You don't need a huge 5-gallon stock pot...but it does mean you can make more and we always use it all.

With the weather getting cooler, soup is starting to become a more desirable dining option.


The simplest secret to a great soup is the stock, the basic broth that becomes the foundation for all the meat, vegetables, grains and fish that make each soup distinctive.


I try to avoid categorical statements, but I will allow this one: no stock you buy in a can will ever be as remotely delicious as a stock you make yourself.


Canned stock is little more than slightly tinted, heavily salted water with perhaps a little chicken or beef fat mixed in.  A few years ago, I vowed never to buy commercially prepared stock again.

Making stock is a surprisingly simple three-step process. Here’s my recipe for making beef or chicken stock (probably the most common):


1. Cook the bones

2. Strain

3. Reduce


To cook the bones, get a big stock pot and put in the bones (along with a carrot, celery, onion, bay leaf, salt and pepper). I put the pot in the oven at 200 degrees for about 8 hours (it goes in when I go to bed; I take it out in the morning). Basically, what I’m doing is turning my oven into an immense crock-pot: the low, all-around heat ensures nothing will burn and the long cook ensures maximum flavor extraction.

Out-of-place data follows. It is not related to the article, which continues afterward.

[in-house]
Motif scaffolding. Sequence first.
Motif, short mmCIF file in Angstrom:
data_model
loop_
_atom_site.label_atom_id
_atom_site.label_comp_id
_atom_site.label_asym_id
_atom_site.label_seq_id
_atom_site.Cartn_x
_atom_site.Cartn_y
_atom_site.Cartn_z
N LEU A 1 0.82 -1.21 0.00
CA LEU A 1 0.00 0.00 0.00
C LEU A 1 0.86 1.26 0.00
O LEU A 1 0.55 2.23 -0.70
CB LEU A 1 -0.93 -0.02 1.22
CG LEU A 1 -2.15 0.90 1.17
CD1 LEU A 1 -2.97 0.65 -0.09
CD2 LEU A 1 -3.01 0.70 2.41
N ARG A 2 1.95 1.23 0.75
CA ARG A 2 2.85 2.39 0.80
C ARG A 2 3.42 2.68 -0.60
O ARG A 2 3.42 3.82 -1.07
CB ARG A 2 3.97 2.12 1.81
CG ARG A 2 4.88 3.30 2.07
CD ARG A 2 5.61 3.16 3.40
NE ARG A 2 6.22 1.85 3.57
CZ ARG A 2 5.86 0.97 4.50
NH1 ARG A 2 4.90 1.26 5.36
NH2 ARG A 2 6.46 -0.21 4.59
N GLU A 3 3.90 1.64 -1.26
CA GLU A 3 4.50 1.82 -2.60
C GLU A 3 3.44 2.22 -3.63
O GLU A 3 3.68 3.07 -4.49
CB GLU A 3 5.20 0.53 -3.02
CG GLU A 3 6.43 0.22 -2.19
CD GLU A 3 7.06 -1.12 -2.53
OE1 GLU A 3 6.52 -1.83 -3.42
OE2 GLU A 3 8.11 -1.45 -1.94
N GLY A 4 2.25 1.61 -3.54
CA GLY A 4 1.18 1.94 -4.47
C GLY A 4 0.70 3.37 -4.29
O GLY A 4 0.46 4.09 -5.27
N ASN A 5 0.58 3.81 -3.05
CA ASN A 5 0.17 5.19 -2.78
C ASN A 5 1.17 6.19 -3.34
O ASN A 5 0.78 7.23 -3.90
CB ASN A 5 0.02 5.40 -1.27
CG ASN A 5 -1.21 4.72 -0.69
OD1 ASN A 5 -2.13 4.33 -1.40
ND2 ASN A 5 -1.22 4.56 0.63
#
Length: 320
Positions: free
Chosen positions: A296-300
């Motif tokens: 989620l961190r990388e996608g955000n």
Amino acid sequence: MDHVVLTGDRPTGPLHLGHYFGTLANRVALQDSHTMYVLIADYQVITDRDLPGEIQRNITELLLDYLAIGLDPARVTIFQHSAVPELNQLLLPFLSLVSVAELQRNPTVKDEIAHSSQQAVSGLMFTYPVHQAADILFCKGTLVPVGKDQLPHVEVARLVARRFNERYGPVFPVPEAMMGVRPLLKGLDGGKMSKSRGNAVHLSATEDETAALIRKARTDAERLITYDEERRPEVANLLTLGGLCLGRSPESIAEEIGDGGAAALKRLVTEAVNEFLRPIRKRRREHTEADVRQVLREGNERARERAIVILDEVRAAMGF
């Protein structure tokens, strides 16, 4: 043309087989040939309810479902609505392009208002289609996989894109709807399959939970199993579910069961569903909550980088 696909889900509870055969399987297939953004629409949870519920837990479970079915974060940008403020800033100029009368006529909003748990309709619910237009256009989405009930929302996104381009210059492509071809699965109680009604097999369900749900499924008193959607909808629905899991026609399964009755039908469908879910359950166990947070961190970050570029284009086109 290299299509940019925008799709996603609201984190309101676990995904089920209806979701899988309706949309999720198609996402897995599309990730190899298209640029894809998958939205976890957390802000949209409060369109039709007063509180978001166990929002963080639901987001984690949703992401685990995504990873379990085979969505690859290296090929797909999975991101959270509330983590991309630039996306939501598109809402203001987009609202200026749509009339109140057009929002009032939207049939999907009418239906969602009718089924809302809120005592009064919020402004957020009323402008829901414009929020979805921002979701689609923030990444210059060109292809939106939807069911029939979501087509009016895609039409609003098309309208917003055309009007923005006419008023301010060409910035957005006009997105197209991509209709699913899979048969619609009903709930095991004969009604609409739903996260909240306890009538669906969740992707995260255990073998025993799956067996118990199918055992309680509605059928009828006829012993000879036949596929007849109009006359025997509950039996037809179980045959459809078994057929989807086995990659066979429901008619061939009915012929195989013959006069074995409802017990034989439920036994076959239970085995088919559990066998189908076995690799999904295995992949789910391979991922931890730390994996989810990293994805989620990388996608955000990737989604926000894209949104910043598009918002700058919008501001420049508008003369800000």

To strain, simply remove solid material; all you want is the liquid. Some recipe books suggest you put the liquid through a cheese cloth, but that kind of refinement is really only suggested if you’re making a super-smooth sauce. For stock, I just use a slotted spoon or maybe run the liquid through a colander.  Some little pieces in the liquid are no big deal.


To reduce, put the pot on a low heat and cook for a long time (actual time depends on the amount of liquid you have, but 4-6 hours is not uncommon). The more you reduce, the more intense and concentrated the flavor.  Do not boil the reduction; when you do that, the fats emulsify, and you can get a murky, slightly slimy broth.


Once you have your stock, you can use it immediately for a soup or put it in a container and freeze it for later use.


Final hint: the better the bones, the better the broth. Bones from a high-quality cut of beef or one of the excellent farm-raised chickens available at the Oak Park Farmers’ Market or Whole Foods will yield a broth that will make you very happy.



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David Hammond, a corporate communications consultant and food journalist living in Oak Park, Illinois, is a founder and moderator of, the 8,500 member Chicago-based culinary chat site. David...

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